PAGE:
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Donald Trump Facebook ban remains after the tech giant’s official Oversight Board upheld the current suspension of his account on the platform. Facebook now has six-months to review its decision to suspend the former president indefinitely, an unprecedented decision the board says has no basis in current Facebook policy guidelines.

On 6 January 2021, a mob of Trump supporters forcibly entered Capitol Hill during the planned congressional certification of the newly elected Joe Biden. Donald Trump had encouraged his followers to visit Washington that day to attend a rally to rail against the perceived stolen election, which then escalated into a rowdy march down one of the city’s main thoroughfares and a violent breach of the Capitol building. Five people died and many others were injured on the day. During these events, Donald Trump posted content to Facebook and Instagram. Facebook initially suspended the posts saying they had violated the platform’s community standards and a day later indefinitely suspended Trump’s account. Around the same time Twitter decided to permanently suspend Donald Trump from their platform.

Without access to these powerful social media platforms Trump created a blog where he continues to make political statements that can be shared across Facebook and Twitter, but do not provide the ability to comment.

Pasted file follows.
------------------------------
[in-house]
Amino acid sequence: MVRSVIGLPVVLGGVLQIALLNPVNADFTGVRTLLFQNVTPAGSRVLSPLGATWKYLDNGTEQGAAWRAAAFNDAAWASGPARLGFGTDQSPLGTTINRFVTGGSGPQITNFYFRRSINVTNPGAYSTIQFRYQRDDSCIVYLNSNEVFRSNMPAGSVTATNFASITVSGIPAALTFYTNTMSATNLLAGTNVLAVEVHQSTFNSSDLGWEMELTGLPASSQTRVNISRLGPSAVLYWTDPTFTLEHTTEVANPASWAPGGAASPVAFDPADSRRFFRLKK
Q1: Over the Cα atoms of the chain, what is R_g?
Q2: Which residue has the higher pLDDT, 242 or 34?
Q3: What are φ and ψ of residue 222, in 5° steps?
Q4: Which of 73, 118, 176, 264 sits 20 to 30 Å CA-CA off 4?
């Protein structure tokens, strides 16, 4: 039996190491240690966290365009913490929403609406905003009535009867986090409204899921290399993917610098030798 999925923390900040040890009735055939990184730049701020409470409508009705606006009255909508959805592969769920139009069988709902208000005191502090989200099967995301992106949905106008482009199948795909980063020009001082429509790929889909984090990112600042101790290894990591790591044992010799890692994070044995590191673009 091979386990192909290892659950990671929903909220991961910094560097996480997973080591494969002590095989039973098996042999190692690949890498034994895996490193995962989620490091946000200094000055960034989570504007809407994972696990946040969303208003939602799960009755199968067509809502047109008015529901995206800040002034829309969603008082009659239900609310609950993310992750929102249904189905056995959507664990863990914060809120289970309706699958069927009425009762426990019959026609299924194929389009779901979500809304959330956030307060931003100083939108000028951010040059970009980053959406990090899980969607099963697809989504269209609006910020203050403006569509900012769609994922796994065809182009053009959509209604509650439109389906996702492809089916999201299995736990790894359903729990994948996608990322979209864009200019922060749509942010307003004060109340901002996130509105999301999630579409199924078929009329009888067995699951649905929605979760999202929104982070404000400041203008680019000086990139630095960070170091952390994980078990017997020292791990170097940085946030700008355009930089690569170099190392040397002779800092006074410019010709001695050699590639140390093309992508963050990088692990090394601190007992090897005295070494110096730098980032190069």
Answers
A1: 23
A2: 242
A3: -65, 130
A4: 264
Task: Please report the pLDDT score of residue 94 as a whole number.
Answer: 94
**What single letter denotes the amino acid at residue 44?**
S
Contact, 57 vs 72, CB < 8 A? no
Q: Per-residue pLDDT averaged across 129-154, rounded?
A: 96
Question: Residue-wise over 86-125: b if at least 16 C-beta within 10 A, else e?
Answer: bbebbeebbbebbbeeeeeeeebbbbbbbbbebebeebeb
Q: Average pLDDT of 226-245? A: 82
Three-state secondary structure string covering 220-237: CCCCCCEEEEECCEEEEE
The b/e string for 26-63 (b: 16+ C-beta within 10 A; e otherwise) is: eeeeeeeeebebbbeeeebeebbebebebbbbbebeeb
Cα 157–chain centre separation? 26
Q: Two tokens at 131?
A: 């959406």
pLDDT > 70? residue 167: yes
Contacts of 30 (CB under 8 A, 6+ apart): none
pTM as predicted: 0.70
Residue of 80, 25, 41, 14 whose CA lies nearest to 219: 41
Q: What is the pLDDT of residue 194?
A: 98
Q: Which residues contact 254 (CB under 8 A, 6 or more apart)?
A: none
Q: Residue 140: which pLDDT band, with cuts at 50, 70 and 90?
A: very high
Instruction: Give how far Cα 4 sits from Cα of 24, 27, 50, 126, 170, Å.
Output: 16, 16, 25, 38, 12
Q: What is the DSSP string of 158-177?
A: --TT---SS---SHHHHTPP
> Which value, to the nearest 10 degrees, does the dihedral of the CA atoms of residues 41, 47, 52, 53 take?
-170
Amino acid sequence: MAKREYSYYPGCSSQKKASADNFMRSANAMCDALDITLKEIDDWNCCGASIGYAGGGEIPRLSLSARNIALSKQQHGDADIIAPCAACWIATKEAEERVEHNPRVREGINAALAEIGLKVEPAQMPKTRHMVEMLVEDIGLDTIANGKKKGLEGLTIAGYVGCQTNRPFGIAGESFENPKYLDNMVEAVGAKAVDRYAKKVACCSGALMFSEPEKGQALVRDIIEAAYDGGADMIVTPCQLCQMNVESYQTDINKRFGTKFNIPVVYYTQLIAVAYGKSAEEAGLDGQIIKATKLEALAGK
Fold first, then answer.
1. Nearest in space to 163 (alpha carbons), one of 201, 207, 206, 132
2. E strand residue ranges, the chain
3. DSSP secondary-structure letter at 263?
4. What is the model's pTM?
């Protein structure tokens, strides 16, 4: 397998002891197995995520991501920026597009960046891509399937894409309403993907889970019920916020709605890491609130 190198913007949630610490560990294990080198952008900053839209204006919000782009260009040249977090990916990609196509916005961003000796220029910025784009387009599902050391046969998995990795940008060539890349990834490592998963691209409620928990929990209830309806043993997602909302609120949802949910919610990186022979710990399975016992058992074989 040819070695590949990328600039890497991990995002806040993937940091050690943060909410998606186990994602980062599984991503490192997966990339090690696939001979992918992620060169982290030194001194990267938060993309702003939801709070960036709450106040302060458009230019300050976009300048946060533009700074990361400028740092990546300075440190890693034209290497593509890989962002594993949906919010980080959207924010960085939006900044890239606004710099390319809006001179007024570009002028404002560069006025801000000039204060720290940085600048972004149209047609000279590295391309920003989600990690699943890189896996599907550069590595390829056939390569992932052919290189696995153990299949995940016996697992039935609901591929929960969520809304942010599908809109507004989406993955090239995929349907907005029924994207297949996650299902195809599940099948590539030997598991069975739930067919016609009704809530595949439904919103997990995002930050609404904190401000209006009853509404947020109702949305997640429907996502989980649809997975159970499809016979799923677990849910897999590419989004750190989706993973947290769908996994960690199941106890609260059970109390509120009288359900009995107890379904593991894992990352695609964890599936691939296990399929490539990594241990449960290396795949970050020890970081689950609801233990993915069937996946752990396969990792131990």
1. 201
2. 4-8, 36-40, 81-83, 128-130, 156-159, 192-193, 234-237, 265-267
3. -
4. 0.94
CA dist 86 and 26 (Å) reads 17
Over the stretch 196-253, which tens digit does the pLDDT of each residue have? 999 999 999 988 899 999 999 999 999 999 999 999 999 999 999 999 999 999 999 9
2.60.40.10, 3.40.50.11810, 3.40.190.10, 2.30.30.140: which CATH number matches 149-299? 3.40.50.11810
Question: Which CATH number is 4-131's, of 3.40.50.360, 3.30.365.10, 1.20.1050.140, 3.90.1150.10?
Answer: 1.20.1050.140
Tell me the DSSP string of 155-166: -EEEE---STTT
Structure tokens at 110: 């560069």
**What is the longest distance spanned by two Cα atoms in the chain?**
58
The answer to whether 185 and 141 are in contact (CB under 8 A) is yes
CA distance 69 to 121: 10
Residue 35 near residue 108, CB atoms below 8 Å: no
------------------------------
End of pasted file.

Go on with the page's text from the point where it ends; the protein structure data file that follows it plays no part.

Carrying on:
What was the reaction to the board’s decision?

The continued Facebook ban has underscored claims by conservatives that the big tech companies are biased against them fuelling their grievances about cancel culture and limits to free speech. Republicans and right-leaning activists are now ramping-up their threats to clamp down on big tech companies through antitrust reforms that could break-up Facebook and other companies.

Besides the expected support for Trump’s ban from the left side of politics, there are also critics. The board’s ruling inspired liberal advocates to call for more government regulation against the social media platforms, saying that Facebook shouldn’t be allowed to regulate itself.

Why is this significant?

Without access to the powerful organisation tools social media provides, the fundraising prospects for Trump’s potential 2024 election campaign are severely hampered. However, reports say that conservatives could use the accusation that Silicon Valley is silencing conservatives to rally support in upcoming midterm elections, and potentially elect more Republicans to the House of Representatives.

Increasing the number of Republicans in the House could allow conservatives to bring in the antitrust laws that will limit Facebook’s “monopolistic power.” Republican representative Jim Banks tweeted about the board’s decision: “This is a dangerous and reckless decision and sends a clear signal to conservatives using social media – you’re not welcome here. If Facebook is so big t think it can silence the leaders you elect, it’s time for conservatives to pursue an antitrust agenda.”

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